TAXPAYER NOTICE: Attorney General James Reminds Crypto Investors to Pay Taxes on Virtual Investments
Ahead of Tax Deadline, AG James Cautions Crypto Investors That
Failure to Pay Taxes Could Have Legal and Financial Consequences
AG James Encourages Whistleblowers to Come Forward With Information About Noncompliance
NEW YORK – New York Attorney General Letitia James today issued a warning to virtual currency investors and their tax advisors to make sure that they accurately declare and pay taxes on their virtual investments. Deliberate or reckless failure to properly declare and pay taxes on cryptocurrency transactions may constitute civil or criminal violations of the tax law, as well as violations of tax provisions of the New York False Claims Act, which could result in steep financial liabilities. As the tax filing deadline approaches, Attorney General James encourages crypto investors to consult and follow guidance from the Department of Taxation and Finance (DTF) and the Internal Revenue Service (IRS) to accurately file their taxes and avoid penalties.
“Crypto investors, just like working families and everyone else, must pay taxes,” said Attorney General James. “Cryptocurrencies may be new, but the law is clear: Investors must accurately report and pay taxes on their virtual investments. My office is committed to holding cryptocurrency tax cheats accountable. Paying taxes on crypto transactions is not optional, and investors who skirt the law can face serious consequences. I encourage all crypto investors to follow guidance from the IRS and the New York State Department of Taxation and Finance to make sure their filings are accurate. Don’t evade the law, pay your taxes.”
IRS and DTF Guidance on Cryptocurrency Taxability
Recently there has been a dramatic surge in the production, sale, and acquisition of “virtual” or “crypto” currencies such as Bitcoin and Ethereum. Transactions involving the acquisition, sale or exchange of cryptocurrency have tax consequences which may trigger tax liability. As set forth in IRS Notice 2014-21 and related DTF guidance, convertible virtual or cryptocurrency is treated as property rather than a currency for U.S. federal tax purposes. Therefore, general tax principles applicable to property transactions apply to transactions using virtual currency. This means that virtual currency is taxed in the same way as any other assets, such as stocks and gold.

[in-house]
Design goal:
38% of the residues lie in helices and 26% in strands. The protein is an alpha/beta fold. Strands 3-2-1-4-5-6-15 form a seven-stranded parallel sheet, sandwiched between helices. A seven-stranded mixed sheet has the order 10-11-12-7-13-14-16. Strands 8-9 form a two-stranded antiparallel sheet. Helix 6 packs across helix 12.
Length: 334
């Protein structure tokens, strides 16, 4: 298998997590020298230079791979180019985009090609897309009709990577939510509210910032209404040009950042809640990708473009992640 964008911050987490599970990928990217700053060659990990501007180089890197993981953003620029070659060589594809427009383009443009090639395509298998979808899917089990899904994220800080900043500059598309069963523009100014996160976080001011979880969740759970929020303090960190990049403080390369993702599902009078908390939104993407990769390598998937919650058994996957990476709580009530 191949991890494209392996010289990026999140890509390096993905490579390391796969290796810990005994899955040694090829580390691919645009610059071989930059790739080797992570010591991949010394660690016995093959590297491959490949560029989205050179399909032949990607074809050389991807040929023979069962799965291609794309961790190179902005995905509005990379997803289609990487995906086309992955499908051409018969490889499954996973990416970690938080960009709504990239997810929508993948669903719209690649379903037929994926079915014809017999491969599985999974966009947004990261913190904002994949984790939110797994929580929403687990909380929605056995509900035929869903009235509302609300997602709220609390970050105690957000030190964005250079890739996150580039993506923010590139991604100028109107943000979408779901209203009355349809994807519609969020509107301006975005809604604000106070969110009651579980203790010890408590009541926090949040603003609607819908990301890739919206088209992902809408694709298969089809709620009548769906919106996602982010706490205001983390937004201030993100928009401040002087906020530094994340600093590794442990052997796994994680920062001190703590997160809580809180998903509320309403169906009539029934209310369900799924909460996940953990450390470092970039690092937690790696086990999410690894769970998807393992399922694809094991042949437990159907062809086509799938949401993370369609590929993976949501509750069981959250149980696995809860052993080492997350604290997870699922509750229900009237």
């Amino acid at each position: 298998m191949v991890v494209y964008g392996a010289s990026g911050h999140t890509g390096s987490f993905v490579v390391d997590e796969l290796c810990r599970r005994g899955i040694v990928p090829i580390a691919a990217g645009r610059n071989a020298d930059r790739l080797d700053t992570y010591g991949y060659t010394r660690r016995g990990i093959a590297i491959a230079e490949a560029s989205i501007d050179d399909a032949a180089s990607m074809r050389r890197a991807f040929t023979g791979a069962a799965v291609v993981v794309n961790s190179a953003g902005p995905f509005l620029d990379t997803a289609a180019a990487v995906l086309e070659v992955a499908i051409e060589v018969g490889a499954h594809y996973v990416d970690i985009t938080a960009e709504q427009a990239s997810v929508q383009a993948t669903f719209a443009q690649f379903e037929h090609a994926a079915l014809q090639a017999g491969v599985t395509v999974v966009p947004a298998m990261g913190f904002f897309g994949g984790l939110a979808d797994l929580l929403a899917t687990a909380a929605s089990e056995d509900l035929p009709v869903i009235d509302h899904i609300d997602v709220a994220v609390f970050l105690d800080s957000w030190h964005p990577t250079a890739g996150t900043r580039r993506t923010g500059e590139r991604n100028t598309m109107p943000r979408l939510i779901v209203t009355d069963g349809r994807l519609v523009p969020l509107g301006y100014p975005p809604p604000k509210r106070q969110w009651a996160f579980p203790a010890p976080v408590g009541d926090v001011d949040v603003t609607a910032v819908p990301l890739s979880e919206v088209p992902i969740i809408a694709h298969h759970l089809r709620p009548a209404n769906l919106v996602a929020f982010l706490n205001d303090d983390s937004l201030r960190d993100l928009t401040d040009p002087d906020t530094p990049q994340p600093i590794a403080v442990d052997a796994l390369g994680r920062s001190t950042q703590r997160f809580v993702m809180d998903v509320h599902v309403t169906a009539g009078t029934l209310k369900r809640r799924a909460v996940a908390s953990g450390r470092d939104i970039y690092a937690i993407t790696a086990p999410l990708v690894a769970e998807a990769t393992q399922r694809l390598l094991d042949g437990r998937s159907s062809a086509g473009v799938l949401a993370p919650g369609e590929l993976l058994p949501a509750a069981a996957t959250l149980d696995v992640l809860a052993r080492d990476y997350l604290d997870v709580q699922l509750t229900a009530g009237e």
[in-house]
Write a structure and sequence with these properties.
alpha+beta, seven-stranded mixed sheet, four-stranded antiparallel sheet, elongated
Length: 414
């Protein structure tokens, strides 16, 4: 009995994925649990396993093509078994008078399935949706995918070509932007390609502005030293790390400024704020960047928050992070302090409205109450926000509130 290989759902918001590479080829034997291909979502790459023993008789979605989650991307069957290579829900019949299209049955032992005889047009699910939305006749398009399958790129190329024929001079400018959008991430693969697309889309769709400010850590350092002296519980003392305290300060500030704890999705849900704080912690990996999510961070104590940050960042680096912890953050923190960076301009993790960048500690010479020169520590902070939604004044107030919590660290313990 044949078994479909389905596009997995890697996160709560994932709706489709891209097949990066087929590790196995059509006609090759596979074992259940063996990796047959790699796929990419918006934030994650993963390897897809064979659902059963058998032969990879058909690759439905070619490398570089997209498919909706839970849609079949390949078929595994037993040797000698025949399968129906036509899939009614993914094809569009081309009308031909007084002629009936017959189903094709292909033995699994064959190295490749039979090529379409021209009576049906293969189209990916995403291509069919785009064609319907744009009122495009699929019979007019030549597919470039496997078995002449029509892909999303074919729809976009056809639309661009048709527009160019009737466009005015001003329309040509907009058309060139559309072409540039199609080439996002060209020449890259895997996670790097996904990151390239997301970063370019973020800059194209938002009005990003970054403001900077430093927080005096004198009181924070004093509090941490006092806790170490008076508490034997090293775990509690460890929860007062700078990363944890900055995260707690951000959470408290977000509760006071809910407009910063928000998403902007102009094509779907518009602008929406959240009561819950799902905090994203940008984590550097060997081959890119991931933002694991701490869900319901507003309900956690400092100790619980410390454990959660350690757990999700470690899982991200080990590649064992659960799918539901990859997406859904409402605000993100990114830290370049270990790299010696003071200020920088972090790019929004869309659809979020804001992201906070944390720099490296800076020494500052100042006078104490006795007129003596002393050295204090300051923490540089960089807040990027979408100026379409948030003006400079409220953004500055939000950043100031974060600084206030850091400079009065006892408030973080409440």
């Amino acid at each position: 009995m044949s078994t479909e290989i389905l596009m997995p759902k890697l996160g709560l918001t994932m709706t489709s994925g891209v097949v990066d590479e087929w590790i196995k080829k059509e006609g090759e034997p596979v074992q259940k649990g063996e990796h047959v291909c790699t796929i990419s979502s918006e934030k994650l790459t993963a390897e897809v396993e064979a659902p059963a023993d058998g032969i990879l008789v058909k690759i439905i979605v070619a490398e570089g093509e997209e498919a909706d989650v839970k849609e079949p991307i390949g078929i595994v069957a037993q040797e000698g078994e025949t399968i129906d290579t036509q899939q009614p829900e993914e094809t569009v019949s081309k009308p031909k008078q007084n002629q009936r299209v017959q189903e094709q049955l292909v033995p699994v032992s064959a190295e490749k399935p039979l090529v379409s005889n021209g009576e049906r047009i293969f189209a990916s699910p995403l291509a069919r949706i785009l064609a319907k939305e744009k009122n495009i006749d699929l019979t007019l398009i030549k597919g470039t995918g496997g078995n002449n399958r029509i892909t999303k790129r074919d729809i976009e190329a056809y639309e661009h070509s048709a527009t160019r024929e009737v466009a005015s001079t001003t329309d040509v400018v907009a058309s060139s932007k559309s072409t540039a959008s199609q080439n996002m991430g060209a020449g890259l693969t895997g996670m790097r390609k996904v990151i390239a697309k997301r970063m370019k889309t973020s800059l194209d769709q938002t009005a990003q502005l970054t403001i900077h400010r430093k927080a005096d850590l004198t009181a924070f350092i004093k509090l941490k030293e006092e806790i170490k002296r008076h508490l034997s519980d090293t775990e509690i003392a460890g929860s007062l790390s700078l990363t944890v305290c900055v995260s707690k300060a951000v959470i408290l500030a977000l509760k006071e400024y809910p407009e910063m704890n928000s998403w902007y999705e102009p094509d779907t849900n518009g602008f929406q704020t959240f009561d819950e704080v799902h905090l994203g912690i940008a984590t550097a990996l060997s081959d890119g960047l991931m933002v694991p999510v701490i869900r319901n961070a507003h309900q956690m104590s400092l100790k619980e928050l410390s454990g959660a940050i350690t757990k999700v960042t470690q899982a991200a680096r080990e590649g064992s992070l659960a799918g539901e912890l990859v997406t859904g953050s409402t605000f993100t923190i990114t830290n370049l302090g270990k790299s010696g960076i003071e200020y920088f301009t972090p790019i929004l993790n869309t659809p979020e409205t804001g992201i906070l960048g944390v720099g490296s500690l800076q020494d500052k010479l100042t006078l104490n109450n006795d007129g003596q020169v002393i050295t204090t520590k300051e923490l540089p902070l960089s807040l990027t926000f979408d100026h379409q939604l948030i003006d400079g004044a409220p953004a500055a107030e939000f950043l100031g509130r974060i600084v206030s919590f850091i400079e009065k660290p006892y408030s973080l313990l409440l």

Additionally, the IRS notes that taxpayers who receive “virtual currency as payment for goods or services, must, in computing gross income, include the fair market value of virtual currency, measured in US dollars, as of the date that virtual currency was received.” An exchange of virtual currency for other property results in either a gain or loss that must be reported by taxpayers. For example, taxpayers must calculate and report any gain or loss when using cryptocurrency to purchase a luxury electric vehicle, a plane ticket, or even a cup of coffee.
Finally, retailers and purchasers spending or accepting cryptocurrency need to be aware that DTF guidance makes clear that sales tax is owed on transactions involving the use of convertible virtual currency to pay for taxable goods or services delivered in New York state.
Taxpayers should carefully review this guidance and other principles set out in the IRS and DTF guidance in determining tax due on their cryptocurrency transactions.
Consequences of Failure to Pay Taxes on Cryptocurrencies
The consequences of a taxpayer’s failure to properly report income derived from transactions involving cryptocurrency are potentially far-reaching and severe. Such failure may carry significant civil or criminal penalties and can, in certain instances, result in criminal prosecution. Further, a deliberate or reckless failure to comply with the federal and state reporting obligations involving cryptocurrency may also result in taxpayer liability under the New York False Claims Act, which carries with it triple damages, interest, and penalties.
New York False Claims Act liability may also extend to tax professionals advising clients about the taxability of cryptocurrency transactions. For example, advisers that knowingly or recklessly make or cause to be made a false statement material to a taxpayer’s obligation to pay tax may be liable under New York law.
Ensuring that taxpayers appropriately declare and pay taxes on cryptocurrency transactions is a priority for the attorney general. Attorney General James encourages whistleblowers to come forward with any information about noncompliance.
Anyone with information relating to a taxpayer’s willful failure to report income or collect sales tax on transactions involving cryptocurrency are urged to report such failure to the Office of the Attorney General using the online whistleblower portal.